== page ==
• Flux Magazine

"Blindsided" by Arianna Alexander

It was my first day of college. My first day officially alone in the world, no longer with the constant help of my family. It was frightening, yet exhilarating all at the same time. That day was the first day I realized that I was officially on my own, and that I couldn’t just call my mom if I needed to fill my tank of gas or to go get ice cream like we used to every Sunday. It was also the day that I met Jordan, who would change my life forever. He would be there for me through thick and thin, when some silly boy broke my heart and when I needed him the most. He would be my best friend for the rest of my life—the rest of our lives.

It was UC Berkeley that I decided on, knowing none of both the joy and dread it would lead me to.

The exact date I first saw Jordan was August 17th of 2003. I remember exactly the first words we shared. I was lost on campus, knowing little to nothing about Berkeley.

“You look like you could use a hand.” He had said to me with a smile.

I turned his way; he was six feet tall, African American and had honey colored eyes. I was small in comparison: five feet four inches, with pale skin, dirty blonde hair and green eyes.

“Actually, yeah. I could.” I said with a laugh.

That smile we shared was the very first moment that I knew this young man was going to be my best friend for life. I’m not sure how I knew, but I did.

“That’s fine,” he said with a laugh. “I got lost my first day too.”

“Are you a sophomore?” I asked, delighted by his warm smile; it somehow made me happy everytime his teeth showed.

“Yeah, I am. Jordan’s the name.”

“Cool, I’m Margot.” I would’ve put my hand out for a handshake, but before I knew it I was in his embrace. He was a hugger; he would always be a hugger.

“Pretty name, Margot.” He said to me. His voice was like angels singing.

A feeling of knowing I was home overwhelmed me. I no longer felt alone, I felt exactly where I was supposed to be.

“So, where’s your first class?”Jordan asked me.

“Honestly, I have no idea.” I said with a laugh. “All I know is that I have calculus, and my schedule says room 415.”

“Lucky for you, I know exactly where that is.” He gestured his arm opposite the way he was facing and I walked quickly in order to be next to him. “So, Margot, where are you from?”

“I’m from Oregon. I just moved here around a week or two ago so I could get settled before school started. What about you?”

“I’m from California, born and raised. I’ve always loved it here, I’m sure you’ll grow to love it too.”

Every time he spoke it made me incredibly happy. It made me feel like I was back in Oregon, at home.

“I’m sure I will, too.” I said with a bright smile.

“I mean, you already have a friend.” He said to me, then winked. We laughed together, and then in what felt like ten seconds we were already at my class. “Well, this is your room.”

“Thank you, Jordan.”

“Anytime. Just text me when you get lost. Speaking of which, let me give you my number.” I handed him my phone and he dialed.

“I’ll see you around.” I said.

“I’ll see you, Margot.”

I had already texted his phone something as simple as “hello” so that he would have my number. He waved, his teeth showing yet again and he disappeared, turning a corner. Our friendship only built from there.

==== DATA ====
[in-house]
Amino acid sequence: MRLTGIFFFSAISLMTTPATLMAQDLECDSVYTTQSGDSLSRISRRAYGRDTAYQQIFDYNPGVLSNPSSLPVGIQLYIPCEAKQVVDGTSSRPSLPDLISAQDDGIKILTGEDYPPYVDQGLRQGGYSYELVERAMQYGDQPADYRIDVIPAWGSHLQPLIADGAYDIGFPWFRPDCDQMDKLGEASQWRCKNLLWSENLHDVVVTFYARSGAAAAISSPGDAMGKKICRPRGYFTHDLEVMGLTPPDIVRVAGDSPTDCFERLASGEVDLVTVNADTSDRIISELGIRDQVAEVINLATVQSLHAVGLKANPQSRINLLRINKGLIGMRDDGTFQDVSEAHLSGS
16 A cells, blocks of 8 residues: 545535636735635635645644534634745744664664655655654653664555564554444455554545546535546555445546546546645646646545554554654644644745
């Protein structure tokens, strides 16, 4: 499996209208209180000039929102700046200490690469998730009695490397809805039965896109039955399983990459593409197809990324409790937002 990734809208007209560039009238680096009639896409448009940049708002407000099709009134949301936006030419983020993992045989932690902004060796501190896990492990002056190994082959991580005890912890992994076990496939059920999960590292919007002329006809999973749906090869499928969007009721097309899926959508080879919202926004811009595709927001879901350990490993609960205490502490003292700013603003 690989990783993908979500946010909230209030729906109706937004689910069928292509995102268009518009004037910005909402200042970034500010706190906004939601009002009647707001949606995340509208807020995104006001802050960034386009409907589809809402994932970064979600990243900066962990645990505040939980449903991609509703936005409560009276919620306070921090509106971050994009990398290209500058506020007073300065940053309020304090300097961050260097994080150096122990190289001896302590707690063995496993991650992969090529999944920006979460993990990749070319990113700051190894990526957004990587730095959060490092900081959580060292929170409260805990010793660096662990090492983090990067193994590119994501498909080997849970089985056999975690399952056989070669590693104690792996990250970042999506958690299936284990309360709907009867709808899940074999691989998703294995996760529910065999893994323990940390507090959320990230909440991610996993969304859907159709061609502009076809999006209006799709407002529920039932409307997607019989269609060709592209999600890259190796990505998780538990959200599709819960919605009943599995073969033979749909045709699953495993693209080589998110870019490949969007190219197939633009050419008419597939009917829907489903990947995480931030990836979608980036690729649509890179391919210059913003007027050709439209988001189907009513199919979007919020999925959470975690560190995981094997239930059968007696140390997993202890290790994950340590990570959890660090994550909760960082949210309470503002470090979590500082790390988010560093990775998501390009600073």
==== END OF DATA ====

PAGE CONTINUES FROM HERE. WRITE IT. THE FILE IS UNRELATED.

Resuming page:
We had both English and Science together and spent every waking moment by each other’s sides, whether it be studying or going to get ice cream, like we decided we would do every Sunday. I still remember the day we made it a part of our every week. It was a Friday, right after we had gotten off work (which we did after school). We had decided to meet at Starbucks.

“Well, when I was back home in Oregon, every Sunday I would go to get ice cream with my mom. That was the one thing I always looked forward to the most every week.” I told Jordan about my experiences, reminiscing and feeling nostalgic.

“You know what?” he asked me. “Let’s make it so that every Sunday we go and get ice cream just like you and your mom used to do. That way, we can spend time together and you can have a piece of your childhood with you here.”

“You’re the sweetest. I love you, Jordan.”

“I love you, too. Now, instead of starting that tradition Sunday, let’s take a spontaneous trip to 31 Flavors. I’m in desperate need of some cookie dough ice cream.”

“Same.” I said; we both laughed. He wrapped his arm around me and we walked out of the coffee shop.

“After you, my lady,” he said, as he held the door open for me.

“Why, thank you kind sir.”

We were both such dorks. One of my favorite things about him was the fact that I could be my total and complete self around him, and he could do the same around me.

Years passed by and he graduated college. Although we didn’t see each other as much, considering we no longer had any classes together, we still met every Sunday for ice cream and the tradition of meeting every Friday for coffee developed completely on its own as well. We had both our ups and our downs in college, both with school and our personal lives. Jordan had a total of two girlfriends in college, both of them not being nearly good enough for how amazing he was. I had one boyfriend, but he didn’t end up being who I thought he was, or who he made himself out to be.

My college experience was a blast, until my senior year. I liked school, but I loved spending time with Jordan. It was a Sunday afternoon and I had driven to 31 Flavors, like we always did. He wasn’t there. I sat waiting for at least twenty minutes until I called him. When the phone stopped ringing, it wasn’t him who picked up. I began to panic.

“Hi, ma’am,” said a deep man’s voice.

“Who is this? Where’s Jordan?”

“Unfortunately, your friend is unwell. This is Jack with BCPD. He was in a car accident. He’s in critical condition.”

I dropped the phone, unable to move, speak, breath. I wasn’t there anymore. I felt numb, as though the most important thing in my life had vanished right before me. After standing there in pure shock, I realized I had dropped my phone. I looked down; I fell to the ground crying. I told myself not to worry until there was something to worry about, but it was already too late. I was unable to speak clearly, hyperventilating, in 31 Flavors, tears running down my cheeks.